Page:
Article Text

  1. M Martinussen1,
  2. J S Skranes2,3,
  3. G C Lohaugen2,4,
  4. O Haraldseth5,
  5. B Fischl6,
  6. A M Dale7,
  7. A-M Brubakk2,5
  1. 1Department of Gynecology, St. Olav University Hospital, Trondheim, Norway
  2. 2Department of Lab Medicine, Children’s and Women’s Health, Norwegian University of Science and Technology, Trondheim, Norway
  3. 3Department of Pediatrics, St. Olav’s University Hospital, Trondheim, Norway
  4. 4Department of Pediatrics, Sorlandet Hospital, Arendal, Norway
  5. 5Department of Circulation and Medical Imaging, Norwegian University of Science and Technology, Trondheim, Norway
  6. 6Nuclear Magnetic Resonance Center, MGH, Harvard Medical School, Boston, MA, USA
  7. 7MIL, Department of Neurosciences and Radiology, University of San Diego, la Jolla, CA, USA


Background The entorhinal cortex serves as an important gateway between the cerebral cortex and the hippocampus.

Objective To investigate whether thinning of entorhinal cortex is associated with reduced cognitive skills in VLBW adolescents.

Design and Methods 49 VLBW (birth weight <1500 grams) and 58 control adolescents were examined at the age of 14–15 years with Wechsler Intelligence Scale WISC-III and different executive/attention function tests (Wisconsin Card Sorting Test, Stroop Test, CPT, Trail Making Test, Knox Cube Test). An automated MRI technique for morphometric analyses of cortical thickness was used.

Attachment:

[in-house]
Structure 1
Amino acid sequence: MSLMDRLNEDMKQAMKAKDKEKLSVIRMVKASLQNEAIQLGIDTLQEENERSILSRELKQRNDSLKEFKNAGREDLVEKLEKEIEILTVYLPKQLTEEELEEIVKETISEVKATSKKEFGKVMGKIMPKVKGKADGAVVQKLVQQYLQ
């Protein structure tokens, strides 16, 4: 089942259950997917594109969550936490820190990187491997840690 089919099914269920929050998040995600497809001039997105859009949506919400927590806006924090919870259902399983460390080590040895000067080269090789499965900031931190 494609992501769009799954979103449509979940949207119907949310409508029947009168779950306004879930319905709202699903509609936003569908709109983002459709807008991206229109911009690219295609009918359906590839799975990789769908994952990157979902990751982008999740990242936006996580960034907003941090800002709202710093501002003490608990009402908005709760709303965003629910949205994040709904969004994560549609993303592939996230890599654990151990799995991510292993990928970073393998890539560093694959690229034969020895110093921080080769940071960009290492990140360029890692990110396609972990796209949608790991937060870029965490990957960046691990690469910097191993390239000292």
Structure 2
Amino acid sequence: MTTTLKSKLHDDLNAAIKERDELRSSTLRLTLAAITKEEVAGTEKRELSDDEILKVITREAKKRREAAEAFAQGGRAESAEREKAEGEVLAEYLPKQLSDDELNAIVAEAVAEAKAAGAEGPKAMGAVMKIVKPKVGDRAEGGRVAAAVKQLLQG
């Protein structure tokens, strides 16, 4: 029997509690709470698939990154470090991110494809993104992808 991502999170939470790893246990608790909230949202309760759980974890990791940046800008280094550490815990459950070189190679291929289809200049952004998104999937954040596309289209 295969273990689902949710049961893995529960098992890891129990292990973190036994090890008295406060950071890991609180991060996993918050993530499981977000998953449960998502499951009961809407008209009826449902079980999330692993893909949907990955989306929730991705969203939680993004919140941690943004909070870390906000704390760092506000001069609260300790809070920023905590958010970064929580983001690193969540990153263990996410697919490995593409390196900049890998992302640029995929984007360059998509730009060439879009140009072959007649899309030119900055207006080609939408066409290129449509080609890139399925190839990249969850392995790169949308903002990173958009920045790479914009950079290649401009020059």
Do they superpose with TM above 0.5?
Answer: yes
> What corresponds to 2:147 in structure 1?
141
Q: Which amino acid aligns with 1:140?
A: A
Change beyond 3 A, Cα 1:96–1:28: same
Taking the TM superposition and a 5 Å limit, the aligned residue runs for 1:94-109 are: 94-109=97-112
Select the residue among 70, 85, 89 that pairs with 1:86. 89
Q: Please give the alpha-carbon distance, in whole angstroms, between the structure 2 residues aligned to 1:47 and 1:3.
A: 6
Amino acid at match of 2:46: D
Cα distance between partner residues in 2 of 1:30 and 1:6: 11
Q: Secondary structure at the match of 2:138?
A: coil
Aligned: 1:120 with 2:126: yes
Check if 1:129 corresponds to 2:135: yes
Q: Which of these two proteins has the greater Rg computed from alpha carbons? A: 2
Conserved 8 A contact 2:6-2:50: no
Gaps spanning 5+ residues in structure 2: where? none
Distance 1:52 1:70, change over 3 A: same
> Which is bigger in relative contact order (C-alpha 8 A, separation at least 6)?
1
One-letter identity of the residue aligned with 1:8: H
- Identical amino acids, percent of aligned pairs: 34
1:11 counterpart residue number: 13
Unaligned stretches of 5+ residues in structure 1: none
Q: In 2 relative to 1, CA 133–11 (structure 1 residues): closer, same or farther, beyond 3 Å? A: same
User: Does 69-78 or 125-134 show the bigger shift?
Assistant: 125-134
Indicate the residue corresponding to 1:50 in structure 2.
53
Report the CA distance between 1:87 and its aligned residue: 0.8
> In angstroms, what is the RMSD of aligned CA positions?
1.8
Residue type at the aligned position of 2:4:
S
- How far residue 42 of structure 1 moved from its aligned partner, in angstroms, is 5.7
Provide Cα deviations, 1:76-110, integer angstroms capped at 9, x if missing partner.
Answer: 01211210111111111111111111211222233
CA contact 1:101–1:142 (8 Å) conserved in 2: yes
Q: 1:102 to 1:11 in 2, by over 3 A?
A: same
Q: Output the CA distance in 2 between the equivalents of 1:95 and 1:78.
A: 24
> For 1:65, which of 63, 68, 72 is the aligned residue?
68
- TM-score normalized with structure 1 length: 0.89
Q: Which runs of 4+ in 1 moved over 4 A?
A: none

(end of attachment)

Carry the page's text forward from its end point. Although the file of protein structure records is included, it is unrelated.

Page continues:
Results The cortical surface model demonstrated 26 areas of regional cortical thinning (yellow) and thickening (blue) in the VLBW group compared with controls. Among these were the entorhinal cortices, the rostral part of the parahippocampal gyrus on both sides. In the VLBW group, thinning of the left entorhinal cortex (white) (fig 1) was correlated with low scores on the IQ subtests picture arrangement (p = 0.001) and block design (p = 0.035), resulting in low estimated performance (p = 0.003) and full scale IQ (p = 0.012). In addition, thinning of this area on both sides correlated with low performance on the executive/attention function tests, including aspects of working memory (fig 2).

Conclusions Entorhinal cortical thinning is related with low IQ and reduced executive functions in VLBW adolescents.

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